Sarkozy should head euro zone states, say French
NICOLAS SARKOZY, president for life? It's hard to know whether the latest French brainstorm, to make Mr Sarkozy president of the euro zone until 2010 (long after the French EU presidency expires) is rooted in a thirst for power or genuine concern for the future of Europe, writes Lara Marlowe
The idea was revealed by advisers at the Elysée to Le Monde newspaper, and was confirmed by the European affairs minister Jean-Pierre Jouyet in a meeting with the Anglo-American Press Association yesterday.
The rationale is as follows: The October 12th euro group summit at the Elysée enabled the EU to bring a degree of stability to troubled financial markets. Mr Sarkozy said repeatedly in Strasbourg this week he was astonished that in the eight years since the euro was launched, there had never been a summit of euro group heads of state and government.
If the euro group must be represented by heads of state and government, it follows that one of them should lead it. The Czech Republic and Sweden, neither of whom are in the euro group, will hold the next two rotating EU presidencies. The French idea is that Mr Sarkozy, as outgoing president, should therefore preside over the euro group until the Spanish EU presidency, at the beginning of 2010.
Likewise, since neither Czechs nor Swedes have a Mediterranean coastline, Mr Sarkozy should preside over the Union for the Mediterranean, which he launched in July, until the Spanish presidency starts. "What is important is that the impetus, the energy (of the French EU presidency) remain," Mr Jouyet explained. "Nicolas Sarkozy is asking for nothing for himself," the European affairs minister insisted four times in an hour. (Methinks he doth protest too much.)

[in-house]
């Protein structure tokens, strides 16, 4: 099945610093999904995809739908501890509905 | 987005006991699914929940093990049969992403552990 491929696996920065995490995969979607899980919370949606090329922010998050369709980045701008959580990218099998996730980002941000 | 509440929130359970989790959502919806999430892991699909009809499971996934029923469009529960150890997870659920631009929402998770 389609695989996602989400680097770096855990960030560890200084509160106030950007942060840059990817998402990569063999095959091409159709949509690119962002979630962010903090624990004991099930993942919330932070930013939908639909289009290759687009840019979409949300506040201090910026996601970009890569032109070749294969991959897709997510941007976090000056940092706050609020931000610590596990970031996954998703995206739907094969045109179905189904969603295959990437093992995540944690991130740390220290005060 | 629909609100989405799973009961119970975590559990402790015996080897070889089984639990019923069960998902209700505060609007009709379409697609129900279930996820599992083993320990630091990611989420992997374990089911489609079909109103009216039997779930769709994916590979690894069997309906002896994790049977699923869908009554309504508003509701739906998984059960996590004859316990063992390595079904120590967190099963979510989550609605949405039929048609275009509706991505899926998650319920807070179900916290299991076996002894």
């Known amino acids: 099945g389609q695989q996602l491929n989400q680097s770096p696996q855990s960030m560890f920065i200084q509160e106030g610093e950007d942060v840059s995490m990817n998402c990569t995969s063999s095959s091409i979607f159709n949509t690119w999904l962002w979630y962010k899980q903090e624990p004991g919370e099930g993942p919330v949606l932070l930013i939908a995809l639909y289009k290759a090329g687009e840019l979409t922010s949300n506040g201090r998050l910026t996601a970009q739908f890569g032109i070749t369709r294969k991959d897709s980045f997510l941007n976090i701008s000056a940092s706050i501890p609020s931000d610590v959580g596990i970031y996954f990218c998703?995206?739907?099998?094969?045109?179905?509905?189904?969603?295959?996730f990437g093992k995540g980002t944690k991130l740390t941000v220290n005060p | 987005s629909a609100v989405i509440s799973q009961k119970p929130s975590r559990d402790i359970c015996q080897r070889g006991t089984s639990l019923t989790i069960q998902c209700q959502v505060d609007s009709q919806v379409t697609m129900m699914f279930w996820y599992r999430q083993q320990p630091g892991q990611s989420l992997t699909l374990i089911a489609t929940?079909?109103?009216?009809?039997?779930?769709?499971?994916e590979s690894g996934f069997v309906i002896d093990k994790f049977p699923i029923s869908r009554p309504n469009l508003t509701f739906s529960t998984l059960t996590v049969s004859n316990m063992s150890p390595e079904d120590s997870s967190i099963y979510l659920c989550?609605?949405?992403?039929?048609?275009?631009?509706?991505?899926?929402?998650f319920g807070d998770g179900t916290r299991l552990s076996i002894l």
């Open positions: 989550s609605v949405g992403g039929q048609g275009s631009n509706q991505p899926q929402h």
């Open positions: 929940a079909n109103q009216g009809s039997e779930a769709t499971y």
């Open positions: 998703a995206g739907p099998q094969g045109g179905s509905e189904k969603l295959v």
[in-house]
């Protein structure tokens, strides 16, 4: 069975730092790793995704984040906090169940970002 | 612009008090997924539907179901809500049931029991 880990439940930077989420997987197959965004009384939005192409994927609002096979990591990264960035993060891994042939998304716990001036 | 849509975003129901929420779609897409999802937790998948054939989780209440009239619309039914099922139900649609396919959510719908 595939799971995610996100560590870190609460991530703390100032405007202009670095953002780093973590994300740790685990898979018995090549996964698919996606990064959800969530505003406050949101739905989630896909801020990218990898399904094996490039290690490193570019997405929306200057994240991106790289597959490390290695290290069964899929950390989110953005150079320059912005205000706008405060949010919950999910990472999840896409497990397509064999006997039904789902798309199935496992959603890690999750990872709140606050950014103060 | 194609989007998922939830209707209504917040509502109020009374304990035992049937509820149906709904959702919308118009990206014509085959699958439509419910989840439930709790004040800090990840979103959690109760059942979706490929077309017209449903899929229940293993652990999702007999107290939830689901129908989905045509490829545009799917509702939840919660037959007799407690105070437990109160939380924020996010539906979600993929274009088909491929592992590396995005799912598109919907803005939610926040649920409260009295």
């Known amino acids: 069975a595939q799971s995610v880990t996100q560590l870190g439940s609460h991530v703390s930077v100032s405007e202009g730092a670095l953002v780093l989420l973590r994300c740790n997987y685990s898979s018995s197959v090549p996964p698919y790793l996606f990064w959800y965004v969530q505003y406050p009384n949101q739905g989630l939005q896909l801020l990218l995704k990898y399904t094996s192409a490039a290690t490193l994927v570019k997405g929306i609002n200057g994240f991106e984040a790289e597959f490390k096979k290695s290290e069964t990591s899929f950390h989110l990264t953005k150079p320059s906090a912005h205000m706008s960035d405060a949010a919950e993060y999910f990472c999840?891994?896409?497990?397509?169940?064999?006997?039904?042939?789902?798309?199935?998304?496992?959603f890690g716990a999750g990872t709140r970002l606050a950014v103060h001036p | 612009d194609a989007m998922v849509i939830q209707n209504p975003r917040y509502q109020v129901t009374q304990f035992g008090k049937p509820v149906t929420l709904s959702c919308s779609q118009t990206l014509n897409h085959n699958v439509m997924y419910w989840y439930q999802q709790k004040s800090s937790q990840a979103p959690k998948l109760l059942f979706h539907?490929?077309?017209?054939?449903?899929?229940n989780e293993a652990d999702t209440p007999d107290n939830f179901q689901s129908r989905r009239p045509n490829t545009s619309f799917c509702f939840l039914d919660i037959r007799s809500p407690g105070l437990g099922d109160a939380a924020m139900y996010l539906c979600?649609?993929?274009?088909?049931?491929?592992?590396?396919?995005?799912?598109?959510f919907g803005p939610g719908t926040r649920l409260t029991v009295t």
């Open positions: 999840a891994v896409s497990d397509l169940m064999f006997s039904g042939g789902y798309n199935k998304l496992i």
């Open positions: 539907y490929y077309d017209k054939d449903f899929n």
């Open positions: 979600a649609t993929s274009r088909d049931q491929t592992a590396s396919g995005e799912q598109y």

The question, Mr Jouyet added, is: "Do we want to return to business as usual? Or do we want to capitalise on the impetus given to the euro zone?" European leaders are unanimous in finding Mr Sarkozy's handling of the financial crisis "exemplary", he added.
Until now, the euro group was represented by its finance ministers, under Jean-Claude Juncker, who is both prime minister and finance minister of Luxembourg. But despite public declarations of support for Mr Juncker, Mr Sarkozy reportedly believes he showed little initiative in the financial crisis. The two leaders clashed this week when Mr Sarkozy accused Luxembourg of being a tax haven.
Mr Sarkozy argues that the stakes are too high for the euro group to continue to be represented at ministerial level.
"When the crisis takes on the proportions we've seen, a meeting of finance ministers is not up to the gravity of the crisis," he said this week.
"When we had to mobilise such sums, we had to mobilise the heads of state and government, who alone have the democratic legitimacy to assume such weighty decisions."
Just as Mr Sarkozy has marginalised the ministers in his own government, he now seems eager to do the same in Europe. But his vision of an EU run by powerful heads of state and government is unlikely to please small countries.
Germany, which was not consulted in advance, is expected to support Mr Juncker over Mr Sarkozy.
"Sarkozy wants to be president of everything now," the socialist leader François Hollande scoffed on French radio yesterday morning, adding that the hyper-president will no doubt ask to have his French presidential term prolonged in 2012 without another election.
Étienne Mougeotte, the editor of the right-wing newspaper Le Figaro and an avid supporter of Mr Sarkozy, yesterday promoted his hero's candidacy for the presidency of the euro group: "Who will take the initiative for convening summits? The French head of state imagines himself running the operation. He has proven that he knows how to combine tenacity, the power of conviction and a sense of compromise."
But Le Monde, France's newspaper of record, was more sceptical. "Mr Sarkozy has invented, for his benefit, the stable presidency of Europe that the Lisbon Treaty would have established if it hadn't been rejected by the Irish," said its editorial.
Mr Jouyet called the euro group "the centre of gravity of the EU" and said the union formats itself on the group. With the exception of the Czech Republic, the countries of central and eastern Europe and the Baltic states want to join the common currency.
"It would be normal to give political substance to the enlargement of the euro group," Mr Jouyet added.